Arginase is an enzyme that converts L-arginine to urea and L-ornithine, an essential substrate for the polyamine pathway supporting Leishmania (Leishmania) amazonensis replication and its survival in the mammalian host. L-arginine is also the substrate of macrophage nitric oxide synthase 2 (NOS2) to produce nitric oxide (NO) that kills the parasite. This competition can define the fate of Leishmania infection.
The transcriptomic profiling identified a family of oxidoreductases in L. (L.) amazonensis wild-type (La-WT) and L. (L.) amazonensis arginase knockout (La-arg-) promastigotes and axenic amastigotes. We highlighted the identification of an oxidoreductase that could act as nitric oxide synthase-like (NOS-like), due to the following evidences: conserved domain composition, the participation of NO production during the time course of promastigotes growth and during the axenic amastigotes differentiation, regulation dependence on arginase activity, as well as reduction of NO amount through the NOS activity inhibition. NO quantification was measured by DAF-FM labeling analysis in a flow cytometry.
We described an arginase-dependent NOS-like activity in L. (L.) amazonensis and its role in the parasite growth. The increased detection of NO production in the mid-stationary and late-stationary growth phases of La-WT promastigotes could suggest that this production is an important factor to metacyclogenesis triggering. On the other hand, La-arg- showed an earlier increase in NO production compared to La-WT, suggesting that NO production can be arginase-dependent. Interestingly, La-WT and La-arg- axenic amastigotes produced higher levels of NO than those observed in promastigotes. As a conclusion, our work suggested that NOS-like is expressed in Leishmania in the stationary growth phase promastigotes and amastigotes, and could be correlated to metacyclogenesis and amastigotes growth in a dependent way to the internal pool of L-arginine and arginase activity.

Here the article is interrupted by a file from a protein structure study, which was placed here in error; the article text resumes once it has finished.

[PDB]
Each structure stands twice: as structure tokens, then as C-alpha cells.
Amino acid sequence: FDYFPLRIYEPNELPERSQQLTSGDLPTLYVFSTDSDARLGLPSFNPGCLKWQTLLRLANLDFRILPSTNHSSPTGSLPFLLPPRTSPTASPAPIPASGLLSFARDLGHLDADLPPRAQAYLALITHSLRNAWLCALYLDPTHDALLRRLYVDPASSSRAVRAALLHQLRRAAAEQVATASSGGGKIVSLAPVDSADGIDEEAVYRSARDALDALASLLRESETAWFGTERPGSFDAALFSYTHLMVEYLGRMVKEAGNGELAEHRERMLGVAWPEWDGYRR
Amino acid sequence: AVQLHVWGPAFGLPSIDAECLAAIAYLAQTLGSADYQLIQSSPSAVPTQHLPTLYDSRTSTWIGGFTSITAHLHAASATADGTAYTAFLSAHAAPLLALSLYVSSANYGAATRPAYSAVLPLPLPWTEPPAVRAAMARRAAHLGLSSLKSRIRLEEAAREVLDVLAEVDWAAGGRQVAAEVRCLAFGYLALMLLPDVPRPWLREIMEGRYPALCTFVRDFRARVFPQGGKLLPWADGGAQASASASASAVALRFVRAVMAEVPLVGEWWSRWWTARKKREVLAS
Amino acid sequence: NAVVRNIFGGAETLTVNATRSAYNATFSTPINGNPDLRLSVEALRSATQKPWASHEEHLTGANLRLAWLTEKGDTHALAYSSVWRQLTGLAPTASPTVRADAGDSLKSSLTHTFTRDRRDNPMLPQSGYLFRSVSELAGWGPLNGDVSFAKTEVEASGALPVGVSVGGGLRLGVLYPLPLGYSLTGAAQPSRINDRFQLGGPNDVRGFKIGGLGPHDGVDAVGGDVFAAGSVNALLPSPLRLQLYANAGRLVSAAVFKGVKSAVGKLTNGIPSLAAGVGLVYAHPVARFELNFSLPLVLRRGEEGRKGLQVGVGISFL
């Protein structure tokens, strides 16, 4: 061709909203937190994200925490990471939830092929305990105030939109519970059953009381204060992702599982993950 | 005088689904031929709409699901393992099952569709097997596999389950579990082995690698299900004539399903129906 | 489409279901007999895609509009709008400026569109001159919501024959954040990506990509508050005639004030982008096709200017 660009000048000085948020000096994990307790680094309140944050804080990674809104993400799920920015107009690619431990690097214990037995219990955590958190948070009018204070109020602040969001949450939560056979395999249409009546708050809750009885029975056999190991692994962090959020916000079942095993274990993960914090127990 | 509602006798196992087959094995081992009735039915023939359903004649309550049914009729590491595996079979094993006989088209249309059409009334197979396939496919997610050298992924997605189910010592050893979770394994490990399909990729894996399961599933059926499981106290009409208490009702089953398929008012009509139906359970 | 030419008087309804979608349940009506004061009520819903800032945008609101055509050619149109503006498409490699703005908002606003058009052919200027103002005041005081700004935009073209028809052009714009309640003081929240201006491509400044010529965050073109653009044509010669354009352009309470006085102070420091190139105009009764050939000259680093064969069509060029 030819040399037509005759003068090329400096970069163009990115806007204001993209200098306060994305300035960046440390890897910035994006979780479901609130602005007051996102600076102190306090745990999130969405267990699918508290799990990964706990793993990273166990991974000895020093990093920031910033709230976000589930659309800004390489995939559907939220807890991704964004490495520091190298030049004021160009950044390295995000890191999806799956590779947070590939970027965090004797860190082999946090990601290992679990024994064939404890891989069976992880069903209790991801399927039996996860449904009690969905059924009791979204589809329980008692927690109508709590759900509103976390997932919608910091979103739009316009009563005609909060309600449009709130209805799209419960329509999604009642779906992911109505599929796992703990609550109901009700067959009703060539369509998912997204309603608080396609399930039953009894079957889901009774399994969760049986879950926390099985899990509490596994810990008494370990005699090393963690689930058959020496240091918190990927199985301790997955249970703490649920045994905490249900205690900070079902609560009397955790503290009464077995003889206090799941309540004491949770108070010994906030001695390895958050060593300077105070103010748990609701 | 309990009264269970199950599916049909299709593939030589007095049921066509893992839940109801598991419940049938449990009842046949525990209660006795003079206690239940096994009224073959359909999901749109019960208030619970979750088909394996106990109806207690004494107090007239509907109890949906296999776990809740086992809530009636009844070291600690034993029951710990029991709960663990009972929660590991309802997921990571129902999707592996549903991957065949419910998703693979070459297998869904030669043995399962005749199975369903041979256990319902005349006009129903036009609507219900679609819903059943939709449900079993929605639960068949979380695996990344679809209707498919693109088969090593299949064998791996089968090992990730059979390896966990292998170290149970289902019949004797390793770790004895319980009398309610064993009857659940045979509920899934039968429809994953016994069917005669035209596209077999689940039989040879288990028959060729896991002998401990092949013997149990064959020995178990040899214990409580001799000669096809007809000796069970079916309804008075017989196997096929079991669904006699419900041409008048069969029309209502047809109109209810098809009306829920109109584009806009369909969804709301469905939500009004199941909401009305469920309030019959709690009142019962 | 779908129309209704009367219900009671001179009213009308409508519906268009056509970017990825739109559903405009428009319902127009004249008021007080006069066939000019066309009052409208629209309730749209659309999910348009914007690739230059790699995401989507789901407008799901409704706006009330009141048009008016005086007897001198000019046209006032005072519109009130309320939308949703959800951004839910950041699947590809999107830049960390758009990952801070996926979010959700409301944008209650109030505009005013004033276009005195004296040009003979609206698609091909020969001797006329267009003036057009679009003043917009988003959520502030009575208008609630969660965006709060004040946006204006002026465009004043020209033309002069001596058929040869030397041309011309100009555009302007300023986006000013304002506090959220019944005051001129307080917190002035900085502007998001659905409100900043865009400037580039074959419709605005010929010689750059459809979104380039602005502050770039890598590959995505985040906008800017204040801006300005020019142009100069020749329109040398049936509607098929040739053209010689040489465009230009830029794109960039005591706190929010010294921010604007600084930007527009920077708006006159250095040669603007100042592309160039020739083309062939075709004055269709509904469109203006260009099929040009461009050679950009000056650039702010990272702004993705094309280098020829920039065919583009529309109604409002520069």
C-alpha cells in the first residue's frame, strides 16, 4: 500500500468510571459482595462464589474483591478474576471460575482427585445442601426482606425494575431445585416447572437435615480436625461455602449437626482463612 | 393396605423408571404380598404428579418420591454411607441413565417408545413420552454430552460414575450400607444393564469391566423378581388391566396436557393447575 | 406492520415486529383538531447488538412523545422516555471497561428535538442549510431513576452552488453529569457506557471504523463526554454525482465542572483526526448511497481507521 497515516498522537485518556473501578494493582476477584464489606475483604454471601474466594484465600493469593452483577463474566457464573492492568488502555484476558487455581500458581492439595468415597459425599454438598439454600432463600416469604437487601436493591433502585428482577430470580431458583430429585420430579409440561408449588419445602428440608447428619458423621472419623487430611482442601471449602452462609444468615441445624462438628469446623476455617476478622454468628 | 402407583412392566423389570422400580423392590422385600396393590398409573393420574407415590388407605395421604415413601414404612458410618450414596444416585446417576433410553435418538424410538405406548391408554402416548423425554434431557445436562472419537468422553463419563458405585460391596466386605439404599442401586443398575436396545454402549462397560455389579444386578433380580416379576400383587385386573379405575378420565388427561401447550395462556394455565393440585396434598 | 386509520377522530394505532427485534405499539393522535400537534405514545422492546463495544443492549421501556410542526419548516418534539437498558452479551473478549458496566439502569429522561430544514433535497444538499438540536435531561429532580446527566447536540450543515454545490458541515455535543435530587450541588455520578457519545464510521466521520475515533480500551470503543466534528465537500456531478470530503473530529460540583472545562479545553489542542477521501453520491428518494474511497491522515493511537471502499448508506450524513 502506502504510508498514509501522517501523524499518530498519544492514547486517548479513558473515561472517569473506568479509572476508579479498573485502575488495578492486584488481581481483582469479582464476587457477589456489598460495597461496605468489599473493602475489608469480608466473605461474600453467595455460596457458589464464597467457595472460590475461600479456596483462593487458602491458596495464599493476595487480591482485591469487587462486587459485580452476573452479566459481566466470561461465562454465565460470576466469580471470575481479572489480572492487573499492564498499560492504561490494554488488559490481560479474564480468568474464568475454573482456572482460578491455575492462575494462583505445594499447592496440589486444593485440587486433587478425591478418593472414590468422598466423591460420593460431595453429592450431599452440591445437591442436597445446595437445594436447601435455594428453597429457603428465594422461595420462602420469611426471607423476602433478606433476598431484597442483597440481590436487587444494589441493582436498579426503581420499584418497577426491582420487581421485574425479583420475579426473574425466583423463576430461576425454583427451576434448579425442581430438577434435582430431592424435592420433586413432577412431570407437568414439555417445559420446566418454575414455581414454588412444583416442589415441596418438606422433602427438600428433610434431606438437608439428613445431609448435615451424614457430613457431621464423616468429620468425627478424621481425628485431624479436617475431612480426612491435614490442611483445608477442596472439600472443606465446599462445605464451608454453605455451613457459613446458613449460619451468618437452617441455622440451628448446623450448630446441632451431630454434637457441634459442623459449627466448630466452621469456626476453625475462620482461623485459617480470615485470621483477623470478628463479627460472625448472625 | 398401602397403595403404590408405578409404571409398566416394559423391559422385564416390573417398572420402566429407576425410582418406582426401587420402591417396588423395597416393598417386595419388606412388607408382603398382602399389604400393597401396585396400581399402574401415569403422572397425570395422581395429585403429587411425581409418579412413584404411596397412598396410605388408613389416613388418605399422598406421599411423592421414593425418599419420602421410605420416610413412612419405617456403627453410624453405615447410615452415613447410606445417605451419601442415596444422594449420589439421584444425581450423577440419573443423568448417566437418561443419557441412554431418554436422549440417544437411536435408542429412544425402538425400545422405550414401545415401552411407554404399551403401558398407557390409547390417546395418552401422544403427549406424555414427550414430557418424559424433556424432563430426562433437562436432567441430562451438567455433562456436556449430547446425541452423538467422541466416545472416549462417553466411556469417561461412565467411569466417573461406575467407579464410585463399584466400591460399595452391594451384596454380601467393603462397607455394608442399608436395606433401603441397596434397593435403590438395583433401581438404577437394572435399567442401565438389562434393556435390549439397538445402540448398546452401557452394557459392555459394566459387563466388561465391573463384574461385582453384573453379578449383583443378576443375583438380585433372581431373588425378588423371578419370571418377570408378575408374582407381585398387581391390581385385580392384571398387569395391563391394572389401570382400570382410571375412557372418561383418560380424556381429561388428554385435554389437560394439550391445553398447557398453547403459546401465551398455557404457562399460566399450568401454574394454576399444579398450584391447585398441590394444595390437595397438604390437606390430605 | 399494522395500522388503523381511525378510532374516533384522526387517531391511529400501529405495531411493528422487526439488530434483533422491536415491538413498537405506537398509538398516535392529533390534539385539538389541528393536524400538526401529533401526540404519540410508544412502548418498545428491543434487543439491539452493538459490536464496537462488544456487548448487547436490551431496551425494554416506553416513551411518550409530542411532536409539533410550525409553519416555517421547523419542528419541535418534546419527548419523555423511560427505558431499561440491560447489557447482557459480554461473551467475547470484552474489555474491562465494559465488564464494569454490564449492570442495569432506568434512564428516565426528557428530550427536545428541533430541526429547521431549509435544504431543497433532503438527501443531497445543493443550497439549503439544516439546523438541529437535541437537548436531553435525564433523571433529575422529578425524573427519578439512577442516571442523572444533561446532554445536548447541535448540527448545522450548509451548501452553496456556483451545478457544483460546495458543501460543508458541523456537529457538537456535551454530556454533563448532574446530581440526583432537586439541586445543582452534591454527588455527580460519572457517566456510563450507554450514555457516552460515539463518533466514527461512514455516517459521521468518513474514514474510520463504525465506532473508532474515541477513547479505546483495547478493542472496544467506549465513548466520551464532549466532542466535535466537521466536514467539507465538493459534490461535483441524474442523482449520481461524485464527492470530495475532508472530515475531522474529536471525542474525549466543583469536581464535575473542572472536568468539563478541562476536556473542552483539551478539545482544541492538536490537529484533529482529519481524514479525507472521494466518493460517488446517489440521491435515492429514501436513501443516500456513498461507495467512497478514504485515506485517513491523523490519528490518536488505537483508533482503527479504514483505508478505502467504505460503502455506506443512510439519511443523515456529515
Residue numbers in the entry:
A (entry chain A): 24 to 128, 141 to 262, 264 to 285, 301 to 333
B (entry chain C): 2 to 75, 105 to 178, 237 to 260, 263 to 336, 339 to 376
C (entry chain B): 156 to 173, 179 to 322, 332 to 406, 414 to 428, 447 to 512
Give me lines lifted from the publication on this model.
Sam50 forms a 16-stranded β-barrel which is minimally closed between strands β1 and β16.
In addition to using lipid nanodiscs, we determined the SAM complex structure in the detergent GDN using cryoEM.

Citation: Acuña SM, Aoki JI, Laranjeira-Silva MF, Zampieri RA, Fernandes JCR, Muxel SM, et al. (2017) Arginase expression modulates nitric oxide production in Leishmania (Leishmania) amazonensis. PLoS ONE 12(11): e0187186. https://doi.org/10.1371/journal.pone.0187186
Editor: Marco Colasanti, University of Rome, ITALY
Received: May 19, 2017; Accepted: October 16, 2017; Published: November 14, 2017
Copyright: © 2017 Acuña et al. This is an open access article distributed under the terms of the Creative Commons Attribution License, which permits unrestricted use, distribution, and reproduction in any medium, provided the original author and source are credited.
Data Availability: All relevant data are within the paper and its Supporting Information files.
Funding: This work was supported by grants from the Conselho Nacional de Desenvolvimento Científico e Tecnológico (CNPq, www.cnpq.br: 307587/2014-2.) and Fundação de Amparo à Pesquisa do Estado de São Paulo (FAPESP, www.fapesp.br: 2014/50717-1, 2016/19815-2). SMA received a fellowship from FAPESP (2015/25942-4) and CNPq (103563/2013-0), and LMFW received a research fellowship from CNPq (307587/2014-2). The funders had no role in study design, data collection and analysis, decision to publish, or preparation of the manuscript.
Competing interests: The authors have declared that no competing interests exist.
Leishmaniasis is an important neglected tropical disease caused by the protozoa from Leishmania genus [1,2]. The infection caused by L. (L.) amazonensis can generate cutaneous and/or diffuse cutaneous manifestations [1,2]. This parasite has a dimorphic life cycle: the procyclic promastigote form can be found in the mid-gut of the phlebotomine sand fly; the metacyclic promastigote can be found in the insect foregut and stomodeal valve and corresponds to the infective form; and the amastigote form can be found into macrophages of the mammalian host [3,4]. Leishmania has a complex metabolic arsenal to enable its survival, replication and differentiation in different environments of both invertebrate and vertebrate hosts [3–5].